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Physiological, biochemical and mechanical issues relating to resistive force selection during high-intensity cycle ergometer exercise. / Baker, Julien Steven; Thomas, Non Eleri; Davies, Bruce.

In: Journal of Exercise Science and Fitness, Vol. 7, No. 2 (Supplement), 2009, p. S51-S60.

Research output: Contribution to journalArticle

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AU - Baker, Julien Steven

AU - Thomas, Non Eleri

AU - Davies, Bruce

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N2 - High-intensity cycle ergometry of 30 seconds duration has been widely employed to assess indices of muscle performance during maximal exercise. Traditionally, the resistive force established for such a test is determined from total body mass (TBM) for a friction-loaded Monark cycle ergometer, i.e. 75 g·kg−1. More recent studies have shown that traditional forces may be too light to elicit maximal performances and that optimization protocols can produce higher peak power outputs. Conceptually, selecting the optimal resistive force according to TBM may not be the best approach. Fat-free mass or active muscle tissue may be a more preferable alternative. Because body mass, and not composition, is the most commonly used index to determine cycle ergometer resistive force, over-or underestimations in power calculations may occur. The aim of this paper is to outline friction-loaded cycle ergometer performance using resistive forces derived from TBM and fat-free mass, to quantify the upper body contribution to high-intensity cycle ergometry. A further aim is to outline mechanical issues related to cycle ergometer design and to quantify discrepancies in resistive force application.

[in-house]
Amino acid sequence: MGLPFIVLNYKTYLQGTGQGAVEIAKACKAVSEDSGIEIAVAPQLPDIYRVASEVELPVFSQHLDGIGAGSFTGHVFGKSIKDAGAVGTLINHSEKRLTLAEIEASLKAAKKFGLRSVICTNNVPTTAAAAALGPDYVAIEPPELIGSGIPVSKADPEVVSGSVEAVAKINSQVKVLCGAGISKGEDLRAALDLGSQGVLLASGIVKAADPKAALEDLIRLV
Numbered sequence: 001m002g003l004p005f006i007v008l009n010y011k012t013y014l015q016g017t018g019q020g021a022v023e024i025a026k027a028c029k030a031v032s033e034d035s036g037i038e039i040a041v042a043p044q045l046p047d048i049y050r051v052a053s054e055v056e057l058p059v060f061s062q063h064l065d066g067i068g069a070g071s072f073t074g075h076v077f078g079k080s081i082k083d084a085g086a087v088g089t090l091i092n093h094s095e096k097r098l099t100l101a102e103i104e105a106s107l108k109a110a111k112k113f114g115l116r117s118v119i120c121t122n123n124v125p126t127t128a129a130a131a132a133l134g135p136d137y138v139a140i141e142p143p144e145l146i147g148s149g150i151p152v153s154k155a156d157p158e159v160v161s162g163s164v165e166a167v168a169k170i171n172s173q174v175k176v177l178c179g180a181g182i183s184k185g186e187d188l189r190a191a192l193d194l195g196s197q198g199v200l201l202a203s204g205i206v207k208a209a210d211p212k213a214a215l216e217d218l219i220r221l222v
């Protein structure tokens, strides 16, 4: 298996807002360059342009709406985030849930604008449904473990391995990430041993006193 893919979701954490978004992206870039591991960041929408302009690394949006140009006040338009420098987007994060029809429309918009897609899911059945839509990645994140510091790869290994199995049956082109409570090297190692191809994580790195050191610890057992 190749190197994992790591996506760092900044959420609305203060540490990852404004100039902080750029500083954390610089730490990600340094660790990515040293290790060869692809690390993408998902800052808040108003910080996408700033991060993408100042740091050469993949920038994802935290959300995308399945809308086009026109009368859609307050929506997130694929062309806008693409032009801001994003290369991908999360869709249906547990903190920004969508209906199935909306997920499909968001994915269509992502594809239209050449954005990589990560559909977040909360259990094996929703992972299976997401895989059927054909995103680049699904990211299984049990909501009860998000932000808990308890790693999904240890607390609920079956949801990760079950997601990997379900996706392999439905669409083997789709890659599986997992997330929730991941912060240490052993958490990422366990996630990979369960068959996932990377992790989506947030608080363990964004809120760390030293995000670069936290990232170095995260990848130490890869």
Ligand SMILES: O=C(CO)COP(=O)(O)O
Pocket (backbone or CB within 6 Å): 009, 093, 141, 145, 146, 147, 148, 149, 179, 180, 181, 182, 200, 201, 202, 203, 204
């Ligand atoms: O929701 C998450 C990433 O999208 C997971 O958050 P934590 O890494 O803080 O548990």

AB - High-intensity cycle ergometry of 30 seconds duration has been widely employed to assess indices of muscle performance during maximal exercise. Traditionally, the resistive force established for such a test is determined from total body mass (TBM) for a friction-loaded Monark cycle ergometer, i.e. 75 g·kg−1. More recent studies have shown that traditional forces may be too light to elicit maximal performances and that optimization protocols can produce higher peak power outputs. Conceptually, selecting the optimal resistive force according to TBM may not be the best approach. Fat-free mass or active muscle tissue may be a more preferable alternative. Because body mass, and not composition, is the most commonly used index to determine cycle ergometer resistive force, over-or underestimations in power calculations may occur. The aim of this paper is to outline friction-loaded cycle ergometer performance using resistive forces derived from TBM and fat-free mass, to quantify the upper body contribution to high-intensity cycle ergometry. A further aim is to outline mechanical issues related to cycle ergometer design and to quantify discrepancies in resistive force application.